In a tale that has gripped the nation, the threads of Suzanne Morphew's disappearance and murder case continue to unravel in unexpected directions.
With charges against her husband dropped, the discovery of Suzanne's remains, and allegations of prosecutorial misconduct against the district attorney, the case is far from a closed book.
Suzanne Morphew, a mother of two, went missing on Mother's Day 2020 after setting out for a bike ride near her Colorado home. Her bicycle was discovered in a ravine along Highway 50 and County Road 225 in Chaffee County, near her family's Maysville residence, on the day she vanished. At the time, Barry Morphew, Suzanne's husband, claimed to be in Broomfield, a suburb of Denver.
It was in 2021 that Barry Morphew found himself charged with the murder of his wife. However, in a surprising turn of events, the charges were dismissed in April 2022. Prosecutors stated they required more time to locate Suzanne's body and gather additional evidence.
Suzanne's remains were eventually discovered in September 2022, found in a shallow grave about 45 miles south of Maysville. The Morphew family's attorney, Iris Eytan, expressed their frustration and sorrow at the lack of information shared about Suzanne's cause of death and the ongoing investigation.
Amid these developments, District Attorney Linda Stanley, who initially charged Barry, is currently under investigation for prosecutorial misconduct. The Office of Attorney Regulation Counsel (OARC) filed a complaint against Stanley on October 30, 2023. The complaint alleges multiple instances of prosecutorial misconduct, including the late sharing of discovery, such as DNA-match evidence, with the defense.
Stanley was also alleged to have communicated with Mike King, the host of a true-crime YouTube channel, and Julez Wolf, another true-crime show host. She is accused of providing them with insider information about the case. DNA evidence found on Suzanne's glove box, which matched profiles developed in sexual assault cases in Chicago, Phoenix, and Tempe, Arizona, was among the information Stanley was alleged to have withheld from the defense.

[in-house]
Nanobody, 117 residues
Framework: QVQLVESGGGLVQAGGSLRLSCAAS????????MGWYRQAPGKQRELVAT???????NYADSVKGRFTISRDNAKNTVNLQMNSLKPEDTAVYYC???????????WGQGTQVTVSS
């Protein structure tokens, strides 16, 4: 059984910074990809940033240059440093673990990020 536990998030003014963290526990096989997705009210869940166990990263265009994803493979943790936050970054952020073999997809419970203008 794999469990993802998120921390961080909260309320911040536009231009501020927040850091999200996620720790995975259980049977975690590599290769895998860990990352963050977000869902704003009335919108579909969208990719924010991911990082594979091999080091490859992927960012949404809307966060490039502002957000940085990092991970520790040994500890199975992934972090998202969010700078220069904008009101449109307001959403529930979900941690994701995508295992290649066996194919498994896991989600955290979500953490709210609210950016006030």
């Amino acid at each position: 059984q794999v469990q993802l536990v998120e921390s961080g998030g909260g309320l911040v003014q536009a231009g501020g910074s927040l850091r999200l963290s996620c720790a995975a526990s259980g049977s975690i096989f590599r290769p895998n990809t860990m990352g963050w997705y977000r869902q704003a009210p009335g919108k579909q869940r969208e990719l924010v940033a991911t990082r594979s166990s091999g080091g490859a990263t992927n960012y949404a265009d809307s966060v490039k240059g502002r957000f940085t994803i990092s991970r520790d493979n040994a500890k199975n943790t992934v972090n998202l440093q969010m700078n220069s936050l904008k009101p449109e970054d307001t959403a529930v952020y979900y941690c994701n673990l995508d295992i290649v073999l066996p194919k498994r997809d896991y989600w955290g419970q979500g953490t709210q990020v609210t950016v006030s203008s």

Barry Morphew's legal team, in response, filed a $15 million lawsuit against the prosecutors and investigators earlier this year, accusing them of violating Morphew's constitutional rights. Eytan, speaking on behalf of Barry Morphew, detailed the extent of the scrutiny Barry had been subjected to during the investigation.
Attorney Iris Eytan, representing the Morphew family, shared her clients' distress in a statement:
"At this time, the Morphews are extremely discouraged and saddened as it has been two months [since Suzanne's remains were recovered] and they have not received any victim notification about the manner and cause of their mother and wife’s death, nor any general information regarding the death investigation."
In a July interview, Stanley defended her office and its experienced prosecutors against the allegations, expressing pride in their work. Eytan also urged the focus of the investigation to shift from Barry Morphew to the broader issue of missing persons and recovered human remains in Saguache County.
Reflecting on the Suzanne Morphew case, it's clear that the story has been marked by numerous twists and turns: